posted by CAA — Nov 29, 2021
The November “Picks” from the Committee on Women in the Arts explore spaces between the human figure and its psychic figurations. Each artist featured in the exhibitions traces the vacillations between interior perceptions and the objective contours of an external world eroded by alienation and violence. Whether they draw from traditional genres or experiment with new media, these artists destabilize the grammar of recognizable forms to reveal the vulnerability of human subjectivity and test the possibilities for repair.
Lynette Yiadom-Boakye, Condor and the Mole, 2011, Arts Council Collection, Southbank Centre, London © Courtesy of Lynette Yiadom-Boakye.
October 16, 2021-February 13, 2022
Kunstammlung Nordheim Westfalen, Düsseldorf, Germany
Lynette Yiadom-Boakye paints portraits to evoke the psychic depths of Black subjects while gently keeping them from the demand for full exposure. The fields of rich colors and soft, slightly loose brush strokes in which Yiadom-Boakye holds her sitters allow her paintings to pulsate with an elegance that is tangible but difficult to pinpoint, though it seems to emerge from the value the artist attributes to seeing as a private act. One painting featured in this exhibition, Condor and Mole (2011), seems to illustrate the mysterious camaraderie indicated by the title of the exhibition and links it to the veils of privacy Yiadom-Boakye brings to the painted image . Condor and Mole portrays two Black girls on a beach punctuated with dark rocks; the tide pulls their shadows into tan and blue-grey sheens that continue into the horizon line. The girls are turned to each other as they look down into a dark crevice in the sand. Viewers do not see what they are looking at, and Yiadom-Boakye portrays the playful attunement of their collaboration, expressed through the correspondence of their body language, without providing full access to their shared vision.
January 10, 2021-February 27, 2022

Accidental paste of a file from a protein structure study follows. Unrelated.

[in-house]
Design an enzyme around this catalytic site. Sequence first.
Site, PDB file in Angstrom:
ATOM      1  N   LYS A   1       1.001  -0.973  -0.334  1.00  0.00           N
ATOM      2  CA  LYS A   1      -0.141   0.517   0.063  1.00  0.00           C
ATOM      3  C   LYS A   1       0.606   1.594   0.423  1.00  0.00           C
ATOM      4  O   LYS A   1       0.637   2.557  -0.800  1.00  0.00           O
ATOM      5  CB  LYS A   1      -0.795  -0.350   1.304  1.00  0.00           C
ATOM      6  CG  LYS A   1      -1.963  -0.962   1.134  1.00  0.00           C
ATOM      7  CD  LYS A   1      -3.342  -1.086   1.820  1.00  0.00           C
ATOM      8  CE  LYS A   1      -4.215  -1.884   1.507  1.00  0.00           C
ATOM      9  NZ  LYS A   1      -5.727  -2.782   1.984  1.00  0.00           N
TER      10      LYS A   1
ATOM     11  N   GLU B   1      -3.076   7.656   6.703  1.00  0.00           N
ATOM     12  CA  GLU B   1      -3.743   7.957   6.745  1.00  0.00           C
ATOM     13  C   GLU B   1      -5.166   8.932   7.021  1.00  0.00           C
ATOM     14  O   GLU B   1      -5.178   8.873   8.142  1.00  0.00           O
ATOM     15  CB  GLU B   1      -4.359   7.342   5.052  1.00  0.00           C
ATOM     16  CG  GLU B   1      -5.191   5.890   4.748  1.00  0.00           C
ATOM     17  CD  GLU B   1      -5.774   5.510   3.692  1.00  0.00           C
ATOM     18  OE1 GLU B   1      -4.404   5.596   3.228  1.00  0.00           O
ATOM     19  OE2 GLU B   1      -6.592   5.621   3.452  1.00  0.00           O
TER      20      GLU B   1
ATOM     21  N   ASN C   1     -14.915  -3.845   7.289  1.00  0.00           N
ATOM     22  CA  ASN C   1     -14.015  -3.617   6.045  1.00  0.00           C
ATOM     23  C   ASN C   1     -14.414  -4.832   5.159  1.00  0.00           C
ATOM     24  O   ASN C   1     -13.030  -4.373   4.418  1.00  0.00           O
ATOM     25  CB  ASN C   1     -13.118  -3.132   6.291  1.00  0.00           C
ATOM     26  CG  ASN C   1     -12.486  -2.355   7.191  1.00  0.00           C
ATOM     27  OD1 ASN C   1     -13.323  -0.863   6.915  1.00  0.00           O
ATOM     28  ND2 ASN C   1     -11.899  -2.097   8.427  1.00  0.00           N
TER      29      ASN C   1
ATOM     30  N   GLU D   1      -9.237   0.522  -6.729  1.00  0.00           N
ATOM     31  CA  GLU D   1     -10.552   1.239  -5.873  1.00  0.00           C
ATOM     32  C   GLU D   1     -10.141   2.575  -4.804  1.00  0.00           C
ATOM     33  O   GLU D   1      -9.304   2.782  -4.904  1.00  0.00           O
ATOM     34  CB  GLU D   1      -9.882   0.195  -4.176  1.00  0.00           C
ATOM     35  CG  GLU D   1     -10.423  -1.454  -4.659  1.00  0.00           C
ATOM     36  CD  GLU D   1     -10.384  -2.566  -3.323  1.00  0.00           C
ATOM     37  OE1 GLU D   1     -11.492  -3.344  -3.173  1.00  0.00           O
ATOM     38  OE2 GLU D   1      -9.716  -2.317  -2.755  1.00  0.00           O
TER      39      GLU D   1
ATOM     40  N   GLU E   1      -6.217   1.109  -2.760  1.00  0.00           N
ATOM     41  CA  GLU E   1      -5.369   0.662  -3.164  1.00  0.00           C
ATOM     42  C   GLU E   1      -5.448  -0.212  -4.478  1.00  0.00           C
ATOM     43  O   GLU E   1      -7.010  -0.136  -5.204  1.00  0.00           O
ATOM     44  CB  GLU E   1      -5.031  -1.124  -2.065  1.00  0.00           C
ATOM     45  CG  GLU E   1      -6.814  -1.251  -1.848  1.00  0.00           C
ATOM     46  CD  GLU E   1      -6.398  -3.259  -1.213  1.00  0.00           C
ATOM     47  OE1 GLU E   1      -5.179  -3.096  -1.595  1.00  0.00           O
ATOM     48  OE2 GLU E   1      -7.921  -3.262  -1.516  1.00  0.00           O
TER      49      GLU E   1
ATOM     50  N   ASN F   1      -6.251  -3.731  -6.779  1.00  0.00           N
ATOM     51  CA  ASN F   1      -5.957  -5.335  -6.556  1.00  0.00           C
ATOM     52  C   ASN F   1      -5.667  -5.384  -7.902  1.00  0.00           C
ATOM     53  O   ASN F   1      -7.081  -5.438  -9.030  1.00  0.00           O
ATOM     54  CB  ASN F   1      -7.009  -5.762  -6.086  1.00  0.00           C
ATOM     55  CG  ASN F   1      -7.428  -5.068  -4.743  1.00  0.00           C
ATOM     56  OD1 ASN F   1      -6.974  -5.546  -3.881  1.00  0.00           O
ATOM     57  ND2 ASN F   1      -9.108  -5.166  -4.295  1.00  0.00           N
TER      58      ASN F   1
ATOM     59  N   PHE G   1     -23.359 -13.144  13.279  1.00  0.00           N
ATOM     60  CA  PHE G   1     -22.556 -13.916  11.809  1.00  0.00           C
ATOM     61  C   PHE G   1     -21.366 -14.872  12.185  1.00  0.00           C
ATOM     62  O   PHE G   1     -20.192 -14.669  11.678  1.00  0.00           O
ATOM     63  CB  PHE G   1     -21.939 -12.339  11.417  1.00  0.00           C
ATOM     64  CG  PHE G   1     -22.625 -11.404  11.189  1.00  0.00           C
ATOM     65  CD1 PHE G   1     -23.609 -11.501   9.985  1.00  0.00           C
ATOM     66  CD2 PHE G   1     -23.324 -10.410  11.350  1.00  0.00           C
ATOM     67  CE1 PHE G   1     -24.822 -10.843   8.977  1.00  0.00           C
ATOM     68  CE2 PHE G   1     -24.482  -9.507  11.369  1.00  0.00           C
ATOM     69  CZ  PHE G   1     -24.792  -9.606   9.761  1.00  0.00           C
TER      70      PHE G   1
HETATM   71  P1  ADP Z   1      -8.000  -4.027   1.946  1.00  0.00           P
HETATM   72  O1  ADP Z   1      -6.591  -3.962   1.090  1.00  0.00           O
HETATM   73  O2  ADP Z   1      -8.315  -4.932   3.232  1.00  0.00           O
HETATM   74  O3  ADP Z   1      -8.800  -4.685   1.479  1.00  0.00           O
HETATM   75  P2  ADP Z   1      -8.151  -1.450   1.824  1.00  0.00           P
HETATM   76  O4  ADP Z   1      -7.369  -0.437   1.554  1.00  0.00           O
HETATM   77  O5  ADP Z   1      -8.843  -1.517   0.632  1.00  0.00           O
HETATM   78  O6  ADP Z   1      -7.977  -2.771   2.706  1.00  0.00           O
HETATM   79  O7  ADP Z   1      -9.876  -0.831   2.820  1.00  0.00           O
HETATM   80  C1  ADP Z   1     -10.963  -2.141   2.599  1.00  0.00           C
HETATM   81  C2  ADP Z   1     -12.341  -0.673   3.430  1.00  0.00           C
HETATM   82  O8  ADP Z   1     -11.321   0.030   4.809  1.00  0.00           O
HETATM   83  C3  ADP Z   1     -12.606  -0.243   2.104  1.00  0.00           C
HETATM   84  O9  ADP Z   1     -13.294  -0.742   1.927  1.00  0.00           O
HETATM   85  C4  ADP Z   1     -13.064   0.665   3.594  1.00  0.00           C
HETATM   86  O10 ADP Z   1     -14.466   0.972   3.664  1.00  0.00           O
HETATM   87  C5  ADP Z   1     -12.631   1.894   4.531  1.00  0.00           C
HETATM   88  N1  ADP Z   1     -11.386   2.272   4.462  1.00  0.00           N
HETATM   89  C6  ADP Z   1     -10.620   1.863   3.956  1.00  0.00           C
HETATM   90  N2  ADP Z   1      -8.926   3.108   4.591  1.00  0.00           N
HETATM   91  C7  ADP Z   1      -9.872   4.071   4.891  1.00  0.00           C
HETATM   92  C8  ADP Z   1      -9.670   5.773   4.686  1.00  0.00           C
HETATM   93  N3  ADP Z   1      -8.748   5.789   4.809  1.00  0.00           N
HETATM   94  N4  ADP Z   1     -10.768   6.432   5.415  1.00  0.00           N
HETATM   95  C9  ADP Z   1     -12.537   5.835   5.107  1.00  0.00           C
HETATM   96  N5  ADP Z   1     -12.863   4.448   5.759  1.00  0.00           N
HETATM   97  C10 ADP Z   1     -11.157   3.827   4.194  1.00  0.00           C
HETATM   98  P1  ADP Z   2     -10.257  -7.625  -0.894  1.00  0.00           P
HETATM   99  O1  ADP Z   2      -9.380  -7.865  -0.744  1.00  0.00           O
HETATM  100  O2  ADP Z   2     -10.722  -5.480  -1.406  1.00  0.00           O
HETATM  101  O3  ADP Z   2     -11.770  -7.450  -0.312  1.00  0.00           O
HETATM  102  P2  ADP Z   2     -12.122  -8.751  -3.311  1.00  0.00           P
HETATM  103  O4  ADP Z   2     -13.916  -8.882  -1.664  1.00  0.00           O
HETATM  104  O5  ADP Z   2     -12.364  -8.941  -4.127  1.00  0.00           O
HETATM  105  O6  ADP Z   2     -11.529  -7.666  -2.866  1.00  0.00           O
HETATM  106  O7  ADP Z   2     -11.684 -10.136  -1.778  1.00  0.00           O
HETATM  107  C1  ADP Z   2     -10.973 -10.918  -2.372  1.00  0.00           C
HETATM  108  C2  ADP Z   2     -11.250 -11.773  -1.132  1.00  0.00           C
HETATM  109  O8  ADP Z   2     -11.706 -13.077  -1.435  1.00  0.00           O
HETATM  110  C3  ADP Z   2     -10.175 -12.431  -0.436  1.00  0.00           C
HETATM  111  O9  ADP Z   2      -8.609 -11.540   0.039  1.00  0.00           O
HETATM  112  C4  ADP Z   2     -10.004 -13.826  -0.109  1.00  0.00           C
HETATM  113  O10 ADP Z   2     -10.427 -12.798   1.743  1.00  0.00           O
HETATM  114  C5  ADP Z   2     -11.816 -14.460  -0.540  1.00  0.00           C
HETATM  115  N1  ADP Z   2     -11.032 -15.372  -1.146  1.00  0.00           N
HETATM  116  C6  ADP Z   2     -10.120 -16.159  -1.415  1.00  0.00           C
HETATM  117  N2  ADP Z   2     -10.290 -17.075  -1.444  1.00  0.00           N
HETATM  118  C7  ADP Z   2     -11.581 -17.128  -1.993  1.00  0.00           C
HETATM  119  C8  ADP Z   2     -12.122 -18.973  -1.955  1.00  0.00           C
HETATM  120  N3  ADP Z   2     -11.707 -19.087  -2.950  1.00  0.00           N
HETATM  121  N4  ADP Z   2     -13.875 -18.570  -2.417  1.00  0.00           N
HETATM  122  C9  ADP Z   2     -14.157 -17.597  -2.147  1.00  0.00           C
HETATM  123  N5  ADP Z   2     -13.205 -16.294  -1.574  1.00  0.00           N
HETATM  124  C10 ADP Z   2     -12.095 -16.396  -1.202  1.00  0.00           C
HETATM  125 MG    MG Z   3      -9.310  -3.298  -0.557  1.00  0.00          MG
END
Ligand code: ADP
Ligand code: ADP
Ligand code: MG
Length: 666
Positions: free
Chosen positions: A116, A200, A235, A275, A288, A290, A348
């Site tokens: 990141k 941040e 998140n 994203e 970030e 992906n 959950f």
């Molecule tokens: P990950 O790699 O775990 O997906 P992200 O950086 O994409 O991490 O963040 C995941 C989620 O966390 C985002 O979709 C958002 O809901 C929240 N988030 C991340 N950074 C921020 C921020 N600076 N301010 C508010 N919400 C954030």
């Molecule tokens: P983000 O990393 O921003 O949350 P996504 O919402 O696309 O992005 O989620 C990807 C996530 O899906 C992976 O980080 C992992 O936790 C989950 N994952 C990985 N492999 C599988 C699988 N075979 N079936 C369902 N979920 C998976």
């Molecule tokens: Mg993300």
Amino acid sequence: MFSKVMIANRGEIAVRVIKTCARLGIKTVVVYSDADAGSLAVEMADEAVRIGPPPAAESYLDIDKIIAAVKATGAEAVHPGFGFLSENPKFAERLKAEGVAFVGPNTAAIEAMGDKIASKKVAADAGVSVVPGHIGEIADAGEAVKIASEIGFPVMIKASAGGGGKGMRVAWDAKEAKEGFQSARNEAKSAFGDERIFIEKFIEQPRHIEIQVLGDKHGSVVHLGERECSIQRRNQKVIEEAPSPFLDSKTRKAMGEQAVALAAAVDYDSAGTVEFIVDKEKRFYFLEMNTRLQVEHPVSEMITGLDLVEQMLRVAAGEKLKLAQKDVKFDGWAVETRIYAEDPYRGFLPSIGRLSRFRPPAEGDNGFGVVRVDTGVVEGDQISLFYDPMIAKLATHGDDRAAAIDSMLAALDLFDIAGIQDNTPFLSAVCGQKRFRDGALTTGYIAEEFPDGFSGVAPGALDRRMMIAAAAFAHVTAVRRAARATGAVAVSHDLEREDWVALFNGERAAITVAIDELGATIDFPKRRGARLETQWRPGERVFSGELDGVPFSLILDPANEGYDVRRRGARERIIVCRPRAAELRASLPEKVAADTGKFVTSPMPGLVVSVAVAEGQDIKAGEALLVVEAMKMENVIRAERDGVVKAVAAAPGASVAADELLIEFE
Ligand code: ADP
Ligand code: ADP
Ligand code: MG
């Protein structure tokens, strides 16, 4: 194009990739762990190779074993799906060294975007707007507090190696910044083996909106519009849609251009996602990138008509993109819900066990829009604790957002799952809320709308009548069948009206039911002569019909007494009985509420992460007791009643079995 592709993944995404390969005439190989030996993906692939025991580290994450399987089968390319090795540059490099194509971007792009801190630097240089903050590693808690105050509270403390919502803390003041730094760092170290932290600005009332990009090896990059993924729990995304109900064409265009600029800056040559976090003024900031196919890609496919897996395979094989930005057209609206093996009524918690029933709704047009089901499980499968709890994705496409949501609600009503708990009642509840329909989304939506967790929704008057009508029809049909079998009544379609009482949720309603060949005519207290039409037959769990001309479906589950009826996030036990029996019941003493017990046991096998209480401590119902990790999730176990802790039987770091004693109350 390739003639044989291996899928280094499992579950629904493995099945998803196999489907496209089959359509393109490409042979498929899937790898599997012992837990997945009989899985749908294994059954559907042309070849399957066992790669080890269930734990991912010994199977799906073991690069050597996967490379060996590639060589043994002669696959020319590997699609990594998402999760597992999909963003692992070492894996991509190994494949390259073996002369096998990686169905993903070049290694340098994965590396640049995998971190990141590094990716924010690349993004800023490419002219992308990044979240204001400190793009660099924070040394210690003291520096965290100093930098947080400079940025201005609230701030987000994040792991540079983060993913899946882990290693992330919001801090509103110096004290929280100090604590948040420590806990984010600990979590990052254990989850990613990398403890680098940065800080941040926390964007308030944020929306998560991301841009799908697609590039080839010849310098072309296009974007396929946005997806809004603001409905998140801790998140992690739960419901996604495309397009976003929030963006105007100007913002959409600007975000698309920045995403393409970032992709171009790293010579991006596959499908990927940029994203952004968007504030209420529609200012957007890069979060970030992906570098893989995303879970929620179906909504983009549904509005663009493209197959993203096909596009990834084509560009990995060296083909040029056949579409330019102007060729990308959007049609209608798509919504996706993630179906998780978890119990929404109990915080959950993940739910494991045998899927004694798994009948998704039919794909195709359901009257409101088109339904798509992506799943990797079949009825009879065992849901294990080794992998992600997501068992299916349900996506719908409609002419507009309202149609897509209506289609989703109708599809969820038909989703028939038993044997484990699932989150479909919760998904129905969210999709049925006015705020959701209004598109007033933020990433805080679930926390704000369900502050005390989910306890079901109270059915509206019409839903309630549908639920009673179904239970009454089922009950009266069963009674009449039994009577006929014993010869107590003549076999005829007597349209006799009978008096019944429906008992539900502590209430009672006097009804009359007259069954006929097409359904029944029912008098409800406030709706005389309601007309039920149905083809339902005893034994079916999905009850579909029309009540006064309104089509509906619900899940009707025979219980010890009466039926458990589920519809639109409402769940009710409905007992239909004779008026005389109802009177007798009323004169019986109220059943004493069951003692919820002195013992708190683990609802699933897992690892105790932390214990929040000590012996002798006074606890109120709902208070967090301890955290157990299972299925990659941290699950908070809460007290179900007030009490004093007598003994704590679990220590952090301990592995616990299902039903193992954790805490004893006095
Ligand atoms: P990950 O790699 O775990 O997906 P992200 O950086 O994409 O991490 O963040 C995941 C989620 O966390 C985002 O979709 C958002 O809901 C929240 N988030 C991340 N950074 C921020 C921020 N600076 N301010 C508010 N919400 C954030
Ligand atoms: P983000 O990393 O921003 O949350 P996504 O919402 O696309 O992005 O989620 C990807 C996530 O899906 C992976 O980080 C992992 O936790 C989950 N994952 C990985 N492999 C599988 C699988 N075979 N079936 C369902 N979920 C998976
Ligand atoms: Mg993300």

Museo Universitario Arte Contemporáneo
México City, México
Ana Torfs is an artist based in Belgium and Dark Spaces Where Things Cannot Be Put is her first solo exhibition in the Americas. Working with an idiosyncratic array of materials and sources, Tors makes her subject the contingency of visual perception and the unstable connections among images, words, and knowledge. How do words determine what becomes visible to us? For Tors, this is an aesthetic, historical, ethical question that takes her work into contexts of great consequence. The installation The Parrot and the Nightingale, a Phantasmagoria (2014) exemplifies her interest in language, translation, and power. In it, Tors draws from Christopher Columbus’ travel diaries to provoke reflections on linguistic alienation, curiosity, order, and repression. In dialogue with 81 black-and-white images of tropical nature, Tors presents a female interpreter translating an English version of Columbus’ diary into American Sign Language and then three male interpreters bring the text back to a spoken English fractured with error. The “original” diary and its exploratory record recedes further from vision and the connection to the photographs becomes even more unstable, but Tors suggests that the damage imperial encounters remain. The female translator in The Parrot and the Nightingale, a Phantasmagoria points to the stealth feminism running through Tors’ artwork and her attention to the long histories of depriving women access to the voice of authority. The installation Echo’s Bones/Were Turned to Stone (2020), a carpet overlaid with a recording of a woman speaking in an endless chain of associations, suggests that this gendered displacement into irrationality forces women to carry the deaths embedded in and covered over by sensible, rational language.
November 25, 2021-July 3, 2022
Tate Britain, London
The winner of the 2017 Turner Prize, Lubaina Himid is well-known for her impact on the Black British art movement and her innovative depictions of everyday life in the Black diaspora. This Tate exhibition features Himid’s recent work as well as selected highlights from her influential oeuvre, focusing in particular on her interest and training in the theatre. With vivid colors that appear within slightly unsettling arrangements of geometric forms, Himid stages mise-en-scènes that reflect on diasporic imagining, building, and making. These qualities are evident in Six Tailors (2019), a painting in which Himid has arranged six men of African descent around a table covered in bright turquoise blue. The fabric, scissors, and spools thread with which they work materialize the colored and textured worlds they are in the process of making, which sharply contrasts the painting behind them that depicts the sky and sea as flat gray horizontal lines. Himid’s work as a painter is figured into this meditation on making and registers the losses that compose it.